Image: Yahoo News
Events in France last week have shaken us all to the core. The cold-blooded callousness of the shootings met with our most vigorous outrage and condemnation. The targeting of innocent French Jews and journalists brought home a message very different from the one the attackers wanted to send: that an injury to one is an injury to all. The story spread across the world because the vile inhumanity of these attacks was clear to all, because we stand in a tradition of tolerance and humanitarian values, and because where innocents are killed, we all suffer.
It was inspiring to watch millions of people on the streets of France marching with a message of unity, peace and freedom. We are mourning, and we express our deepest sympathies to the families and the friends of last week's victims. Then if there is anything we can take from this, it must be to work together to strengthen our communities and resist the politics of hate.
Michael Deacon expressed a point I broadly agree with in the Telegraph; the fact that Charlie Hebdo printed insensitive cartoons had little to do with the attack. When the terrorists struck those offices, they were hoping for an Islamophobic backlash. They were hoping that their malign actions might provoke a wave of bigotry that would allow them to prey on the edges of European Muslim communities.
They have got their way to an extent- there has been street violence, and there have been calls for extending more powers to the security services- something which doesn't fit with a movement highlighting the importance of free expression. But when Rupert Murdoch or Fox News, for instance, attacked Muslims as collectively responsible for the attacks, voices from across the globe and across British politics stood up to them, including the Deputy Prime Minister. And whilst Muslims should not be expected to apologise for acts that have nothing to do with the overwhelming majority of us, I am proud of individuals like the Madrid Muslims who launched 'not in my name' protests in response. Because the vile groups of people behind the Paris attacks, the Boko Haram massacre in Nigeria, the Peshawar school massacre and the persecution of minorities in Iraq and Syria need to realise that they speak for no-one but themselves.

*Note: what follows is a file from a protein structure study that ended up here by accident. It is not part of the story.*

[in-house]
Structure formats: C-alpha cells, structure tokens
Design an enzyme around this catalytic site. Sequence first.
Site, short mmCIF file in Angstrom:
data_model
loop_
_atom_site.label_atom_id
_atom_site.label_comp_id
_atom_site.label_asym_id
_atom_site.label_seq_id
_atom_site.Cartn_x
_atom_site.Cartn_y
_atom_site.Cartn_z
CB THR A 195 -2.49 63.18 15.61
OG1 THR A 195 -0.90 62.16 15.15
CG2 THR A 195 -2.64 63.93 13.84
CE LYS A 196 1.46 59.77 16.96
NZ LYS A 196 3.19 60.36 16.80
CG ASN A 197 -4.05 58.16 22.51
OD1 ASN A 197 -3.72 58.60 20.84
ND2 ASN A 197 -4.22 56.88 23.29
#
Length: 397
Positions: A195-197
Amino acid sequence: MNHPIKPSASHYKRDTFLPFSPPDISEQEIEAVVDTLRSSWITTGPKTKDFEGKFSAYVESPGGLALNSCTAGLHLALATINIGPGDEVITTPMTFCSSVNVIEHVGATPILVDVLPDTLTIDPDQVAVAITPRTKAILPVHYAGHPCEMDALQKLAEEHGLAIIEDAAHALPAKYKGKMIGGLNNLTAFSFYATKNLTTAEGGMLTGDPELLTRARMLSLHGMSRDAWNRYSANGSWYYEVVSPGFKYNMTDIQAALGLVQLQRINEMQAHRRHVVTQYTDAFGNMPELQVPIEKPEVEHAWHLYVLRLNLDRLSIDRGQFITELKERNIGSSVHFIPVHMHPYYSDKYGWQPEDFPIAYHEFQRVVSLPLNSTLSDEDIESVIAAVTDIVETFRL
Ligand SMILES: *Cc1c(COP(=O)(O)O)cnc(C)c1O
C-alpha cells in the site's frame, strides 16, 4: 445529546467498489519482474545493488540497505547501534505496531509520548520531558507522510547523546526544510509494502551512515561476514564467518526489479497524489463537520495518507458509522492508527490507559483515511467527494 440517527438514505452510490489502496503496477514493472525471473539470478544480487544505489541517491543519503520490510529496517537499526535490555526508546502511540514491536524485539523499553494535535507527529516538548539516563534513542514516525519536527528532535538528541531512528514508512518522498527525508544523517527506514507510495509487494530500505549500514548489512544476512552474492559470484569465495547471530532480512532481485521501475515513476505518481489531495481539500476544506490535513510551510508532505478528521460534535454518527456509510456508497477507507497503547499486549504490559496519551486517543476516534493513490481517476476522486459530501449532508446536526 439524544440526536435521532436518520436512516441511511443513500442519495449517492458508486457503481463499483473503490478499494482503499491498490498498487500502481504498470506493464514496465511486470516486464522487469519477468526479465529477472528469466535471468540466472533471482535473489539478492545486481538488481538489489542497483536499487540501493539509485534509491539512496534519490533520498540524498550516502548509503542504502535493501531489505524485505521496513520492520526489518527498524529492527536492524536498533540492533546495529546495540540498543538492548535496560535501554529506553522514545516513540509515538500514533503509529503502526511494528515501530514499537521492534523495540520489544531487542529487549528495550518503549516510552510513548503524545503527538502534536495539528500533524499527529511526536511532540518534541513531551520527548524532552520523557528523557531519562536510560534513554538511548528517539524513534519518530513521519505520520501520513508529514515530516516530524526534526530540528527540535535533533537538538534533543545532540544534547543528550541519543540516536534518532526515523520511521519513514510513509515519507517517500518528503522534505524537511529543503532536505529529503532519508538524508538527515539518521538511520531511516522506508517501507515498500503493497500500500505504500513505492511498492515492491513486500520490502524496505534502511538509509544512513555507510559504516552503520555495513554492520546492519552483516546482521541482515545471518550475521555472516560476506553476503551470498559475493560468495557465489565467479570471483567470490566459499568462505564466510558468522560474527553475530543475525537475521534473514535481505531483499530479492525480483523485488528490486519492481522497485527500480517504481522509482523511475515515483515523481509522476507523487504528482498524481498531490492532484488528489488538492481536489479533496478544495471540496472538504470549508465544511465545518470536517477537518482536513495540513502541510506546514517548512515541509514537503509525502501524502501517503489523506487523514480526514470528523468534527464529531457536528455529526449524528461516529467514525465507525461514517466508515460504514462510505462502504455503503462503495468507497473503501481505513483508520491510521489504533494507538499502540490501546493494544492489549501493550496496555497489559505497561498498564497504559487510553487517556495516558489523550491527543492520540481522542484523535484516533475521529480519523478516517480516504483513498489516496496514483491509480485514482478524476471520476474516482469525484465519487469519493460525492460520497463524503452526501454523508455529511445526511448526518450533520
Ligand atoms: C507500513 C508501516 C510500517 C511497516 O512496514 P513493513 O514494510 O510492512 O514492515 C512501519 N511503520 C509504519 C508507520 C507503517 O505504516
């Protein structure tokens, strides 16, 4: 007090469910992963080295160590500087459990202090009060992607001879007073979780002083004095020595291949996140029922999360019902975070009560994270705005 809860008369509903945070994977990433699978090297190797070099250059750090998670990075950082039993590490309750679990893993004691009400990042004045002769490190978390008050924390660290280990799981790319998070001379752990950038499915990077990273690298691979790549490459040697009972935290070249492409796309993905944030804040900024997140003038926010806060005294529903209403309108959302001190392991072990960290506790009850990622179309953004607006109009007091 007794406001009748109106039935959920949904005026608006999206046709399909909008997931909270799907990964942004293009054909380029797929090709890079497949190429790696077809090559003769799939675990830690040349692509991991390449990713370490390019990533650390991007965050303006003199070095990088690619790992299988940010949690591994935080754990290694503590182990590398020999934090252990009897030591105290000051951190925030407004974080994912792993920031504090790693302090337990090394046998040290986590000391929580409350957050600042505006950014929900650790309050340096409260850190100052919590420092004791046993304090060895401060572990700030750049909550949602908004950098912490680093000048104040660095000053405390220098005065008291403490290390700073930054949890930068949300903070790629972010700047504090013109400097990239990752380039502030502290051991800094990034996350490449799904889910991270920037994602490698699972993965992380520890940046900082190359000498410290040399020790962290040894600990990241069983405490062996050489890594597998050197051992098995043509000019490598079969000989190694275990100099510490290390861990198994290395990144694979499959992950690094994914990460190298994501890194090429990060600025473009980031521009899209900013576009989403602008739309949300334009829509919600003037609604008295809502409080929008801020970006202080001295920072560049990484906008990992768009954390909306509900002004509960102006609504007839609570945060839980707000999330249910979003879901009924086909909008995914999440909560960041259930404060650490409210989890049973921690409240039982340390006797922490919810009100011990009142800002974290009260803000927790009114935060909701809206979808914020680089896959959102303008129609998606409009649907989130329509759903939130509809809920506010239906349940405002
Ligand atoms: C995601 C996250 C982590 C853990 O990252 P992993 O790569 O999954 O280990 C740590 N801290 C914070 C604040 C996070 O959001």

Defending free expression is important. I am not sure I trust some of its current 'advocates' to do so - including the leader of a country that jails more journalists than anywhere else in the world, the leader of another country that killed multiple journalists in Gaza over the summer, and the leader of a country that publicly flogs journalists.
The people I do trust to stand for free expression against all forms of hate and extremism are ordinary people- those who took the streets of France to condemn the recent attacks, and those in my own borough who hold a proud tradition of defending human values and our own community spirit. We have our own peddlers of division to deal with; both anti-Semitic and Islamophobic attacks in London have surged in the last year, for instance.
That's why Sunday's unity march has inspired me to step up the pace here, to use whatever resources we have to ensure that faith groups, community organisations, public services and local leaders are continuing to work together and ensure that there is never any place for bigotry, intolerance or violence in this great city.
This is not a situation where we can fight fire with fire. We should fight the ideologies of hatred and violence with an ideology of peace and caring. We need a commitment to honouring the memories of the French journalists, Jews and police officers including a Muslim killed last week, and that involves all doing our bit to create a world in which such horrors are confined to history.